The Best Kept Secret
- Name: Rashaad Penny
- Position: Running Back
- Height: 5’ 11”
- Weight: 220 lbs
- 40-Time: 4.46 sec
What Makes Him Great: The Perfect Mix
Penny clicked in at 220 pounds and ran a 4.46 40-yard dash at the NFL Combine, which gives him the weight and speed to sit on par next to most NFL running backs. He’s shifty through the hole and decisive, which gives him the feel that on a team with some backfield stability, he could find a way to contribute from the get-go. Two of Penny’s best skills are his ability to break away from defenders in the open field and keep his feet moving between the tackles.
Where He Could Struggle: One Dimensional?
It’s hard to say that Penny struggles to come out of the backfield and into the slot, since he was rarely used in that package during his time with the Aztecs. The truth is that Penny may be a more underrated receiving option than given credit for, but there’s also the chance that he could be just downright weak at the skill. Other critics of Penny have claimed that he’s not the best decision maker at times, relying too much of his natural ability, a skill that won’t translate to the next level.
Where He’s Projected: 2nd-3rd Round
According to Walter Football, Penny is listed as the seventh-best running back prospect, behind an imposing group of power conference standouts. Simply put, depending on how hot-or-cold running backs go on draft day, Penny could be either a stretch for an early-round team or a steal for a squad selecting a bit later. The Aztecs star doesn’t have the imposing size or natural play-making abilities of some of more revered SEC runners, but he has all the intangibles to make it work.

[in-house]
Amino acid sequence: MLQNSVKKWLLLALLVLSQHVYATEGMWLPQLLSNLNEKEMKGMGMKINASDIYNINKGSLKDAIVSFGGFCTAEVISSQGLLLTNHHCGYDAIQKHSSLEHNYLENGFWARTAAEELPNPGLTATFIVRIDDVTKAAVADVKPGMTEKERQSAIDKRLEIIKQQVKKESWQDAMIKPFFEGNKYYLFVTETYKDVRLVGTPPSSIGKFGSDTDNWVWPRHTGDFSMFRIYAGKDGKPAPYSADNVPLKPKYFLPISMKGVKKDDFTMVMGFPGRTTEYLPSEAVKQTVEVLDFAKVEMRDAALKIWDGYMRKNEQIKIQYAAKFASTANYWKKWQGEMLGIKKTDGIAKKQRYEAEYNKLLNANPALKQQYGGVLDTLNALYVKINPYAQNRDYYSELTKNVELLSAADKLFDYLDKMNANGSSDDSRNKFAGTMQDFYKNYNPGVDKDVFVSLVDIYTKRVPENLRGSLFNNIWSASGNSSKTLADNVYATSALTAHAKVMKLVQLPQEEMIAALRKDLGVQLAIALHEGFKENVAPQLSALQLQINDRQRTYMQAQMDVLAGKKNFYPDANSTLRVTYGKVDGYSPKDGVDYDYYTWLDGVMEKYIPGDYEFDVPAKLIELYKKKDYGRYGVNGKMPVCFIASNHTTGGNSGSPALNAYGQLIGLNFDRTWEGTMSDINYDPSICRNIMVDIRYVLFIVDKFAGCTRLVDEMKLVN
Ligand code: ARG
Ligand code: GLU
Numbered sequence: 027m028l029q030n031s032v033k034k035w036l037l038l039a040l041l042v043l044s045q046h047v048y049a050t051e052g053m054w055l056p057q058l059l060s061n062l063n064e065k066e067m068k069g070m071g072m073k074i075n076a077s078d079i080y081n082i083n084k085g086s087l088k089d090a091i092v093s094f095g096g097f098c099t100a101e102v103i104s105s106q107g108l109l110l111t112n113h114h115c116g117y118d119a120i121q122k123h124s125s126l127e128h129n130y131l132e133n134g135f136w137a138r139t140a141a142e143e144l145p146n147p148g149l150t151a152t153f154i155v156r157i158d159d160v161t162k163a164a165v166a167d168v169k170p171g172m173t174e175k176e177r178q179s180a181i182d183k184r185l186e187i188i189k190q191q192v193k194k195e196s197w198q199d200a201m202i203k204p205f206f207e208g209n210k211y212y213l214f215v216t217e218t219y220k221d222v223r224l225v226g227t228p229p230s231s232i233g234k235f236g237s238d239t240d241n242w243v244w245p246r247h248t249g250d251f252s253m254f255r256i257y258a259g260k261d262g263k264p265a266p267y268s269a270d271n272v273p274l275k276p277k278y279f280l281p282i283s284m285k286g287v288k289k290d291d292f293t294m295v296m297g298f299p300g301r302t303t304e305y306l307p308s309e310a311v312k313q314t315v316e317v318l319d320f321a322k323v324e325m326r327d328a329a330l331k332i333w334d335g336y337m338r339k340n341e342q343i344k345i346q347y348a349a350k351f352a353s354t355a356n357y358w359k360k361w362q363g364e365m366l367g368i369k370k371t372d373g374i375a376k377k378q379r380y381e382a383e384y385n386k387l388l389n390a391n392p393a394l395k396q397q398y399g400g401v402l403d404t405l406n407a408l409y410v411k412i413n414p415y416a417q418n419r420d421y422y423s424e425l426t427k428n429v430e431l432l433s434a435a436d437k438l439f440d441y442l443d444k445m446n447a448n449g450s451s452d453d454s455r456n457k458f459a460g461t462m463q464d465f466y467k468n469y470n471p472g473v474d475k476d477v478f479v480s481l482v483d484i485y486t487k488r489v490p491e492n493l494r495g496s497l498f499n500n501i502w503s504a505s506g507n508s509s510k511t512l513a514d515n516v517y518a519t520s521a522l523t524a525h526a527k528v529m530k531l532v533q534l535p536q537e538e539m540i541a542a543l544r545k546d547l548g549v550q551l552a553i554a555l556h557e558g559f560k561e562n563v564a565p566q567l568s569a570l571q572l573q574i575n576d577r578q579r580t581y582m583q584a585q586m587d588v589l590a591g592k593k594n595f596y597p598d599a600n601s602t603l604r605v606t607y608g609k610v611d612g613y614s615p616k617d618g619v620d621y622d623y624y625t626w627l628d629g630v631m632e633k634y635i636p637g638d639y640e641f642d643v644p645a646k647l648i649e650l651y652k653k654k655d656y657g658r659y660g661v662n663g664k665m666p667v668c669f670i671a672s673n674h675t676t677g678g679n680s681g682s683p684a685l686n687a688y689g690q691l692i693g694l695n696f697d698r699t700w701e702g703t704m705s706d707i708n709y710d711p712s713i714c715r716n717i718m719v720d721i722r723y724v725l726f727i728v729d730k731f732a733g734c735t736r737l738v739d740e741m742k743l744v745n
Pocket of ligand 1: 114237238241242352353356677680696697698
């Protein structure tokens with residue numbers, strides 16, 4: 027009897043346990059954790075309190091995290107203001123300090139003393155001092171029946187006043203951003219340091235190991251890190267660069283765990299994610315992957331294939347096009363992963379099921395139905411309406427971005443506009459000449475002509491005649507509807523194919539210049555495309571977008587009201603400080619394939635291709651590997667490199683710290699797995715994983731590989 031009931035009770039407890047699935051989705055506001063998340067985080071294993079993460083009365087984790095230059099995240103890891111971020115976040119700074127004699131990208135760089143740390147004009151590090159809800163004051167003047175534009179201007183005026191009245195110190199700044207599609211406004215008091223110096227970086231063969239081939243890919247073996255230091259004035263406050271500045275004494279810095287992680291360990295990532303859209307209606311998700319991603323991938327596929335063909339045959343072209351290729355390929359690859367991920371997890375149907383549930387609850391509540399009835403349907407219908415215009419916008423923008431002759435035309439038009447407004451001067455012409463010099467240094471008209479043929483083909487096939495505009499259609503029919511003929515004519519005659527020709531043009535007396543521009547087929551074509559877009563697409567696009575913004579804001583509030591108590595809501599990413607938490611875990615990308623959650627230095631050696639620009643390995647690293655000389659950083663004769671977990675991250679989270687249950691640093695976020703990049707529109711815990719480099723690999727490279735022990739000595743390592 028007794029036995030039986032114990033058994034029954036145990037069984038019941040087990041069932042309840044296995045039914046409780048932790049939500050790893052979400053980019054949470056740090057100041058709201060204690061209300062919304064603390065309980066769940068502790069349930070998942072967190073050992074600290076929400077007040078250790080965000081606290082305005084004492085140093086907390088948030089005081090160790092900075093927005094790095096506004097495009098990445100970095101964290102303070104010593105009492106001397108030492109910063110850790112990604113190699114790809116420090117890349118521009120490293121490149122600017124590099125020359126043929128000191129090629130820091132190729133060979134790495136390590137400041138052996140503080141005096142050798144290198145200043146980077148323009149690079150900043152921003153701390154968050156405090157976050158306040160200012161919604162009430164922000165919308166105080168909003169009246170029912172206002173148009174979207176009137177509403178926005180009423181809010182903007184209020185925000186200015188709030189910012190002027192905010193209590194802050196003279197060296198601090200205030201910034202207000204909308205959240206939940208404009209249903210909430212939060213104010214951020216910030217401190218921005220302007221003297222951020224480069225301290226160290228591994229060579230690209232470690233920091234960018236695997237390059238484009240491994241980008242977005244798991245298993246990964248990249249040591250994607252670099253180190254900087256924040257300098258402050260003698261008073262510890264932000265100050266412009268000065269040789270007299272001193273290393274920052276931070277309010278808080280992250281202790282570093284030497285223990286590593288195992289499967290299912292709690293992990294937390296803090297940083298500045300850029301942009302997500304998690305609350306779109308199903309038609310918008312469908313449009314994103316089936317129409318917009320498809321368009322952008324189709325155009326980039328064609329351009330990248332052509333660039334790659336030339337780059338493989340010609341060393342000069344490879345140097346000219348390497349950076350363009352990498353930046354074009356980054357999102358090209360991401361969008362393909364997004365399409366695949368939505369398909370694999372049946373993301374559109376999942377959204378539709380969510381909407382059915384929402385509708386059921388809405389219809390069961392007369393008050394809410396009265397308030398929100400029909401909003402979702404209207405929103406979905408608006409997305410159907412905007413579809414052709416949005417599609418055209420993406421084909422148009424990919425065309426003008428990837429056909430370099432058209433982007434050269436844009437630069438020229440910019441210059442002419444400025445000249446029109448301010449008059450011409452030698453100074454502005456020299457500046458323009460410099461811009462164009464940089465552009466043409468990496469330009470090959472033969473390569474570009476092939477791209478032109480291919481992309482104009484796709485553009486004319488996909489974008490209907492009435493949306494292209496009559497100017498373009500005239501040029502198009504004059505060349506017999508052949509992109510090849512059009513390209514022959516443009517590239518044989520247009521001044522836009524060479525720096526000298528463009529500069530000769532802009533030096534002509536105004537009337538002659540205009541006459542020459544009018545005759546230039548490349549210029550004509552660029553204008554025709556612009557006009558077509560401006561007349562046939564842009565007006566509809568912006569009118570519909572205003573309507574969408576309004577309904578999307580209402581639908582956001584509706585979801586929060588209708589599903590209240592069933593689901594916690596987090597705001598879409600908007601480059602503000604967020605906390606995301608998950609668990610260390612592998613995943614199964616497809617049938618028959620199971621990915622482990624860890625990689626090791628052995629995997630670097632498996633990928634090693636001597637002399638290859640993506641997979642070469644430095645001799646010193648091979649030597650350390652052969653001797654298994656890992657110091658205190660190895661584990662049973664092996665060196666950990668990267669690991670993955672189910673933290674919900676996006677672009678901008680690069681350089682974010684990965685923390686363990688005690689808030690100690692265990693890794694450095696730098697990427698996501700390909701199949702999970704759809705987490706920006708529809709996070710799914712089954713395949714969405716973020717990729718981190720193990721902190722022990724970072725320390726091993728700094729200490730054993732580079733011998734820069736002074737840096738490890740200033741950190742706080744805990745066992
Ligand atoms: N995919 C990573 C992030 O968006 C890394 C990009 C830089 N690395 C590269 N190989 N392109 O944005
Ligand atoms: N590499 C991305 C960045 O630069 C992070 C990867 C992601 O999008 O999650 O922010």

The Mystery Man
- Name: Nick Bawden
- Position: Fullback
- Height: 6’ 3”
- Weight: 245 lbs
- 40-Time: N/A
The Enigmas Of All Enigmas
There’s few prospects in the draft class that are as unique as fullback Nick Bawden, which unfortunately could go against the San Diego State workhorse’s draft stock. Bawden would be an ace on any special teams unit in the NFL and could be a serviceable fullback on a team that uses that package (or as a second option in red-zone areas). However, as good as Bawden has been at the college level, the one-time quarterback is sometimes too much physicality and not enough technique. In reality, the odds of a fullback getting taken anywhere before the last day of the draft is extremely rare and Bawden won’t be the top-ranked prospect at his position. The reality is that Bawden will likely be a post-draft invite to a training camp.
Baseball Name, Football Prospect
- Name: David Wells
- Position: Tight End
- Height: 6’ 5”
- Weight: 255 lbs
- 40-Time: 4.75 sec
The Prototypical NFL Tight End?
Big, strong and athletic, it seems that David Wells checks about every box in terms of what just about anyone would describe the prototypical NFL tight end prospect as. Wells stands at 6’ 5”, can manage edge rushers in protection packages, can get downfield to make open catches and can play the in-between game as a horizontal route option. Also, he’s an absolute handful and a half to bring down, with an imposing 255 pound-frame.
So what’s the catch (no pun intended) with this guy?
Actually, just about nothing. Wells didn’t have the most prolific receiving numbers (9 catches, 133 yards, 2 TD’s) last season, but was still named to the All-Mountain West Second Team for the second year in a row, due to his absolutely imposing nature on the offensive front. A blocking machine, Wells’ lack of catching experience may be dwarfed by his ability to open up the run-game, even at the next level. He’s projected anywhere from the 4th-7th round on different NFL Draft boards but I’d consider him a safe 5th-6th round selection.
- Name: Kameron Kelly
- Position: Defensive Back
- Height: 6’ 2”
- Weight: 204 lbs
- 40-Time: 4.66 sec
Call me biased, but there’s few defensive backs in this draft class that I’ve enjoyed watching personally over the past few seasons more than Kameron Kelly. I could get into his measurables, his athleticism and his play-making skills, but sometimes it’s just better to watch in on video. Here’s some clips on the defensive back stand-out from San Diego State.